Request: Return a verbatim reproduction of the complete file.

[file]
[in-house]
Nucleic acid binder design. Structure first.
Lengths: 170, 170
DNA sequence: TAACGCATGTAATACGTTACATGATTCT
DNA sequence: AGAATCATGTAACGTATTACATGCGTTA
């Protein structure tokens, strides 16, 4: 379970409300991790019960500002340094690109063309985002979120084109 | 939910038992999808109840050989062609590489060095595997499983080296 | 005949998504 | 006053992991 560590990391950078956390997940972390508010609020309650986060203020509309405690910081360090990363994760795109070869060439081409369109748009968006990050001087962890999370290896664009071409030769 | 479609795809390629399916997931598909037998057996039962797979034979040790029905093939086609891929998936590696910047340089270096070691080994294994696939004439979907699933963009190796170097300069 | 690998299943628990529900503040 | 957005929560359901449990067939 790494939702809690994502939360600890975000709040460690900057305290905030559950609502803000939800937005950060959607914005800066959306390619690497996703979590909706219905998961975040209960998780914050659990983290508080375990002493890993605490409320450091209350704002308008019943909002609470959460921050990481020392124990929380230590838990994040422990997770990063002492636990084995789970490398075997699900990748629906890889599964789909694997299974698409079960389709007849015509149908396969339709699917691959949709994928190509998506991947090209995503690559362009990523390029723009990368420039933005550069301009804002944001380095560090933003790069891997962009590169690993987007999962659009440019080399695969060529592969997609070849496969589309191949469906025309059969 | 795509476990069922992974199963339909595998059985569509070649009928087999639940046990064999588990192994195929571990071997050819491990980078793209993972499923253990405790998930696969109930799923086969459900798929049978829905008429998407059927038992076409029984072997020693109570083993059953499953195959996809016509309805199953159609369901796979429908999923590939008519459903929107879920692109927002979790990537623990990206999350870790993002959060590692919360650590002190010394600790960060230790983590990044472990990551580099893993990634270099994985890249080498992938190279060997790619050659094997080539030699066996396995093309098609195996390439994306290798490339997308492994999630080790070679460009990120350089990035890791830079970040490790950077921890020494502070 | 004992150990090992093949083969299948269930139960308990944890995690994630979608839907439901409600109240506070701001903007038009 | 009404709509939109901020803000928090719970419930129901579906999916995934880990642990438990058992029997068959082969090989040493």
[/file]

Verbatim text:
[in-house]
Nucleic acid binder design. Structure first.
Lengths: 170, 170
DNA sequence: TAACGCATGTAATACGTTACATGATTCT
DNA sequence: AGAATCATGTAACGTATTACATGCGTTA
């Protein structure tokens, strides 16, 4: 379970409300991790019960500002340094690109063309985002979120084109 | 939910038992999808109840050989062609590489060095595997499983080296 | 005949998504 | 006053992991 560590990391950078956390997940972390508010609020309650986060203020509309405690910081360090990363994760795109070869060439081409369109748009968006990050001087962890999370290896664009071409030769 | 479609795809390629399916997931598909037998057996039962797979034979040790029905093939086609891929998936590696910047340089270096070691080994294994696939004439979907699933963009190796170097300069 | 690998299943628990529900503040 | 957005929560359901449990067939 790494939702809690994502939360600890975000709040460690900057305290905030559950609502803000939800937005950060959607914005800066959306390619690497996703979590909706219905998961975040209960998780914050659990983290508080375990002493890993605490409320450091209350704002308008019943909002609470959460921050990481020392124990929380230590838990994040422990997770990063002492636990084995789970490398075997699900990748629906890889599964789909694997299974698409079960389709007849015509149908396969339709699917691959949709994928190509998506991947090209995503690559362009990523390029723009990368420039933005550069301009804002944001380095560090933003790069891997962009590169690993987007999962659009440019080399695969060529592969997609070849496969589309191949469906025309059969 | 795509476990069922992974199963339909595998059985569509070649009928087999639940046990064999588990192994195929571990071997050819491990980078793209993972499923253990405790998930696969109930799923086969459900798929049978829905008429998407059927038992076409029984072997020693109570083993059953499953195959996809016509309805199953159609369901796979429908999923590939008519459903929107879920692109927002979790990537623990990206999350870790993002959060590692919360650590002190010394600790960060230790983590990044472990990551580099893993990634270099994985890249080498992938190279060997790619050659094997080539030699066996396995093309098609195996390439994306290798490339997308492994999630080790070679460009990120350089990035890791830079970040490790950077921890020494502070 | 004992150990090992093949083969299948269930139960308990944890995690994630979608839907439901409600109240506070701001903007038009 | 009404709509939109901020803000928090719970419930129901579906999916995934880990642990438990058992029997068959082969090989040493």